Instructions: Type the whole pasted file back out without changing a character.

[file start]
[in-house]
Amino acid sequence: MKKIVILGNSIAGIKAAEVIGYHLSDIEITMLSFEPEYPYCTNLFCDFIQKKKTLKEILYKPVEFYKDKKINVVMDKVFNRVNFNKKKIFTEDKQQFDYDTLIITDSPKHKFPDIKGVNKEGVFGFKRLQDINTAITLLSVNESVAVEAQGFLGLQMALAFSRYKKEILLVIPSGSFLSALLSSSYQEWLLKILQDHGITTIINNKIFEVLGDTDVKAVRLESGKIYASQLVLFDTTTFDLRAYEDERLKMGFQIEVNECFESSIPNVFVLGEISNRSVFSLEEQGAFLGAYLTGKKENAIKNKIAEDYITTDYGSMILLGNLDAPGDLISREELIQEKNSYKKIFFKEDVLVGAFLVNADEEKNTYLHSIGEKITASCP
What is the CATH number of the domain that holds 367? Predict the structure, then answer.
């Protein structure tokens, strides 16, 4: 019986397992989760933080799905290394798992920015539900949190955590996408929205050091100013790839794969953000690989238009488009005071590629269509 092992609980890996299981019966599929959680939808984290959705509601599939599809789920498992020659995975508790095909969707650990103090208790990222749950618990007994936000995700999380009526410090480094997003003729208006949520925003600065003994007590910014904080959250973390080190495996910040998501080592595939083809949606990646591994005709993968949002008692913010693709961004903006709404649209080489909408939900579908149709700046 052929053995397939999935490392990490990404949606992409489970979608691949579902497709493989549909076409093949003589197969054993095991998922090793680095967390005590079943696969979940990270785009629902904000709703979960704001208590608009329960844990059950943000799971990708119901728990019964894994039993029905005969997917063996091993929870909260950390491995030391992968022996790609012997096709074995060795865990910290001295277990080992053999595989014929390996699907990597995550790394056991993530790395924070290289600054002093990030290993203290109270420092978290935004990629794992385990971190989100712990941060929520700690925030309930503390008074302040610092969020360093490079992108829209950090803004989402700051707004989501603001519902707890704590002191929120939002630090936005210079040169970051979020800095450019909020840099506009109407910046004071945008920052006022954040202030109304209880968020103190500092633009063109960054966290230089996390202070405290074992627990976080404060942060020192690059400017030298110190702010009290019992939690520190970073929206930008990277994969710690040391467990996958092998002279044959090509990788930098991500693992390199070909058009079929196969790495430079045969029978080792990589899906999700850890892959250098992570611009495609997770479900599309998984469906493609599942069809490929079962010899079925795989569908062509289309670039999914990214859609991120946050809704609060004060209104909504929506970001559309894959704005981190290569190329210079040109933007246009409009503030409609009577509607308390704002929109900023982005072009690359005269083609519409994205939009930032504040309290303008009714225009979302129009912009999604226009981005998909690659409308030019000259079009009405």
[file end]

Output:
[in-house]
Amino acid sequence: MKKIVILGNSIAGIKAAEVIGYHLSDIEITMLSFEPEYPYCTNLFCDFIQKKKTLKEILYKPVEFYKDKKINVVMDKVFNRVNFNKKKIFTEDKQQFDYDTLIITDSPKHKFPDIKGVNKEGVFGFKRLQDINTAITLLSVNESVAVEAQGFLGLQMALAFSRYKKEILLVIPSGSFLSALLSSSYQEWLLKILQDHGITTIINNKIFEVLGDTDVKAVRLESGKIYASQLVLFDTTTFDLRAYEDERLKMGFQIEVNECFESSIPNVFVLGEISNRSVFSLEEQGAFLGAYLTGKKENAIKNKIAEDYITTDYGSMILLGNLDAPGDLISREELIQEKNSYKKIFFKEDVLVGAFLVNADEEKNTYLHSIGEKITASCP
What is the CATH number of the domain that holds 367? Predict the structure, then answer.
């Protein structure tokens, strides 16, 4: 019986397992989760933080799905290394798992920015539900949190955590996408929205050091100013790839794969953000690989238009488009005071590629269509 092992609980890996299981019966599929959680939808984290959705509601599939599809789920498992020659995975508790095909969707650990103090208790990222749950618990007994936000995700999380009526410090480094997003003729208006949520925003600065003994007590910014904080959250973390080190495996910040998501080592595939083809949606990646591994005709993968949002008692913010693709961004903006709404649209080489909408939900579908149709700046 052929053995397939999935490392990490990404949606992409489970979608691949579902497709493989549909076409093949003589197969054993095991998922090793680095967390005590079943696969979940990270785009629902904000709703979960704001208590608009329960844990059950943000799971990708119901728990019964894994039993029905005969997917063996091993929870909260950390491995030391992968022996790609012997096709074995060795865990910290001295277990080992053999595989014929390996699907990597995550790394056991993530790395924070290289600054002093990030290993203290109270420092978290935004990629794992385990971190989100712990941060929520700690925030309930503390008074302040610092969020360093490079992108829209950090803004989402700051707004989501603001519902707890704590002191929120939002630090936005210079040169970051979020800095450019909020840099506009109407910046004071945008920052006022954040202030109304209880968020103190500092633009063109960054966290230089996390202070405290074992627990976080404060942060020192690059400017030298110190702010009290019992939690520190970073929206930008990277994969710690040391467990996958092998002279044959090509990788930098991500693992390199070909058009079929196969790495430079045969029978080792990589899906999700850890892959250098992570611009495609997770479900599309998984469906493609599942069809490929079962010899079925795989569908062509289309670039999914990214859609991120946050809704609060004060209104909504929506970001559309894959704005981190290569190329210079040109933007246009409009503030409609009577509607308390704002929109900023982005072009690359005269083609519409994205939009930032504040309290303008009714225009979302129009912009999604226009981005998909690659409308030019000259079009009405």